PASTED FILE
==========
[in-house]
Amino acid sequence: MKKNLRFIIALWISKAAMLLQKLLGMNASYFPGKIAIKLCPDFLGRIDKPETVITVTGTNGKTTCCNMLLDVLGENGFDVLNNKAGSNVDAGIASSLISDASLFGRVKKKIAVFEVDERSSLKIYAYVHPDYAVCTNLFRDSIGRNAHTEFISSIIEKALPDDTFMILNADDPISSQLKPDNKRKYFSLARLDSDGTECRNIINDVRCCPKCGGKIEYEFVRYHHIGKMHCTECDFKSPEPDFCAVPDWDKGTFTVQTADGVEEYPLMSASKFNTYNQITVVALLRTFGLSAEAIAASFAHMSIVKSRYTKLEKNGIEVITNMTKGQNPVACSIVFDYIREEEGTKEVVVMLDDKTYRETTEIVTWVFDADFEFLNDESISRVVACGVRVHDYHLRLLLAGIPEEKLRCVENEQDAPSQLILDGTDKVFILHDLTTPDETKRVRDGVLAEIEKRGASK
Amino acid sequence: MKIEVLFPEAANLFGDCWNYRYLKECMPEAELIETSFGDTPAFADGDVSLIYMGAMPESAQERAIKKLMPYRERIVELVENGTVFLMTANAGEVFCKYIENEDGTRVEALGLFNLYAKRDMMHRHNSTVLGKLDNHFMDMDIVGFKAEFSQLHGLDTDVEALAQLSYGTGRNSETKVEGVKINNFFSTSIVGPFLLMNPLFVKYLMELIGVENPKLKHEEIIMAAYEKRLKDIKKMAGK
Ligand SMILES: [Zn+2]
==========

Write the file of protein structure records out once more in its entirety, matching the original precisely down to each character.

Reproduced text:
[in-house]
Amino acid sequence: MKKNLRFIIALWISKAAMLLQKLLGMNASYFPGKIAIKLCPDFLGRIDKPETVITVTGTNGKTTCCNMLLDVLGENGFDVLNNKAGSNVDAGIASSLISDASLFGRVKKKIAVFEVDERSSLKIYAYVHPDYAVCTNLFRDSIGRNAHTEFISSIIEKALPDDTFMILNADDPISSQLKPDNKRKYFSLARLDSDGTECRNIINDVRCCPKCGGKIEYEFVRYHHIGKMHCTECDFKSPEPDFCAVPDWDKGTFTVQTADGVEEYPLMSASKFNTYNQITVVALLRTFGLSAEAIAASFAHMSIVKSRYTKLEKNGIEVITNMTKGQNPVACSIVFDYIREEEGTKEVVVMLDDKTYRETTEIVTWVFDADFEFLNDESISRVVACGVRVHDYHLRLLLAGIPEEKLRCVENEQDAPSQLILDGTDKVFILHDLTTPDETKRVRDGVLAEIEKRGASK
Amino acid sequence: MKIEVLFPEAANLFGDCWNYRYLKECMPEAELIETSFGDTPAFADGDVSLIYMGAMPESAQERAIKKLMPYRERIVELVENGTVFLMTANAGEVFCKYIENEDGTRVEALGLFNLYAKRDMMHRHNSTVLGKLDNHFMDMDIVGFKAEFSQLHGLDTDVEALAQLSYGTGRNSETKVEGVKINNFFSTSIVGPFLLMNPLFVKYLMELIGVENPKLKHEEIIMAAYEKRLKDIKKMAGK
Ligand SMILES: [Zn+2]